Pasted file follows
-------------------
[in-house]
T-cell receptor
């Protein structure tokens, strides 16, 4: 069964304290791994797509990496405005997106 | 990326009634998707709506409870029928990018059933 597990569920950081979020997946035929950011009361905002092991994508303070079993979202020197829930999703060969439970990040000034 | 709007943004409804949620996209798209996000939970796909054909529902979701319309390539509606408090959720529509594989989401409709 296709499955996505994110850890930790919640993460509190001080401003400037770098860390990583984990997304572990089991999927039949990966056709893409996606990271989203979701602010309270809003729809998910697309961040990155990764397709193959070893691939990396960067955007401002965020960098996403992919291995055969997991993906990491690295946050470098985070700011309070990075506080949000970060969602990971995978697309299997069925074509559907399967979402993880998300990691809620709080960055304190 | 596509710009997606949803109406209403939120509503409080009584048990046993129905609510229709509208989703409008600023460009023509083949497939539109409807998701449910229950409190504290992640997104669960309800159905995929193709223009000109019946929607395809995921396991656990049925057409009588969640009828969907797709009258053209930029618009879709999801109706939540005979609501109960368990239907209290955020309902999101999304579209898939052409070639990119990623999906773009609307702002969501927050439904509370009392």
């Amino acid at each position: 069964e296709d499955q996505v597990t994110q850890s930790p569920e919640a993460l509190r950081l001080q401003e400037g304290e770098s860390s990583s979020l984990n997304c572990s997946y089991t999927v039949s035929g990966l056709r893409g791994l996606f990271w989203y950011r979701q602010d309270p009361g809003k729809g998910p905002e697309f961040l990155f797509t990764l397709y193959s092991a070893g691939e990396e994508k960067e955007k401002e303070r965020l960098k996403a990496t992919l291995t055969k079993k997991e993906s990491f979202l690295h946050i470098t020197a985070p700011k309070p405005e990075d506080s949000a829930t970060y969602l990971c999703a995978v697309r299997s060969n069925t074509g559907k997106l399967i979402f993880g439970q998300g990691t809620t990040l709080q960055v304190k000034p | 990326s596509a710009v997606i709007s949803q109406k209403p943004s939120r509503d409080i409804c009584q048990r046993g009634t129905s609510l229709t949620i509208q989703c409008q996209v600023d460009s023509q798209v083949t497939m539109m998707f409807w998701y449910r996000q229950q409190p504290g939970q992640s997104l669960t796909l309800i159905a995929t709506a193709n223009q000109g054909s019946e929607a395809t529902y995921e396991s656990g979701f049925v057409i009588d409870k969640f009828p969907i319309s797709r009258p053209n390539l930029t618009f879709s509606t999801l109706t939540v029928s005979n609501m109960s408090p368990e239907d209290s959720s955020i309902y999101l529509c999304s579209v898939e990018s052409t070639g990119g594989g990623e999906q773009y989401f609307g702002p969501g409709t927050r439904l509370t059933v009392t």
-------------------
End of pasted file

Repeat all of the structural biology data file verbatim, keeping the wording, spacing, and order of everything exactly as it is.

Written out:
[in-house]
T-cell receptor
């Protein structure tokens, strides 16, 4: 069964304290791994797509990496405005997106 | 990326009634998707709506409870029928990018059933 597990569920950081979020997946035929950011009361905002092991994508303070079993979202020197829930999703060969439970990040000034 | 709007943004409804949620996209798209996000939970796909054909529902979701319309390539509606408090959720529509594989989401409709 296709499955996505994110850890930790919640993460509190001080401003400037770098860390990583984990997304572990089991999927039949990966056709893409996606990271989203979701602010309270809003729809998910697309961040990155990764397709193959070893691939990396960067955007401002965020960098996403992919291995055969997991993906990491690295946050470098985070700011309070990075506080949000970060969602990971995978697309299997069925074509559907399967979402993880998300990691809620709080960055304190 | 596509710009997606949803109406209403939120509503409080009584048990046993129905609510229709509208989703409008600023460009023509083949497939539109409807998701449910229950409190504290992640997104669960309800159905995929193709223009000109019946929607395809995921396991656990049925057409009588969640009828969907797709009258053209930029618009879709999801109706939540005979609501109960368990239907209290955020309902999101999304579209898939052409070639990119990623999906773009609307702002969501927050439904509370009392």
């Amino acid at each position: 069964e296709d499955q996505v597990t994110q850890s930790p569920e919640a993460l509190r950081l001080q401003e400037g304290e770098s860390s990583s979020l984990n997304c572990s997946y089991t999927v039949s035929g990966l056709r893409g791994l996606f990271w989203y950011r979701q602010d309270p009361g809003k729809g998910p905002e697309f961040l990155f797509t990764l397709y193959s092991a070893g691939e990396e994508k960067e955007k401002e303070r965020l960098k996403a990496t992919l291995t055969k079993k997991e993906s990491f979202l690295h946050i470098t020197a985070p700011k309070p405005e990075d506080s949000a829930t970060y969602l990971c999703a995978v697309r299997s060969n069925t074509g559907k997106l399967i979402f993880g439970q998300g990691t809620t990040l709080q960055v304190k000034p | 990326s596509a710009v997606i709007s949803q109406k209403p943004s939120r509503d409080i409804c009584q048990r046993g009634t129905s609510l229709t949620i509208q989703c409008q996209v600023d460009s023509q798209v083949t497939m539109m998707f409807w998701y449910r996000q229950q409190p504290g939970q992640s997104l669960t796909l309800i159905a995929t709506a193709n223009q000109g054909s019946e929607a395809t529902y995921e396991s656990g979701f049925v057409i009588d409870k969640f009828p969907i319309s797709r009258p053209n390539l930029t618009f879709s509606t999801l109706t939540v029928s005979n609501m109960s408090p368990e239907d209290s959720s955020i309902y999101l529509c999304s579209v898939e990018s052409t070639g990119g594989g990623e999906q773009y989401f609307g702002p969501g409709t927050r439904l509370t059933v009392t």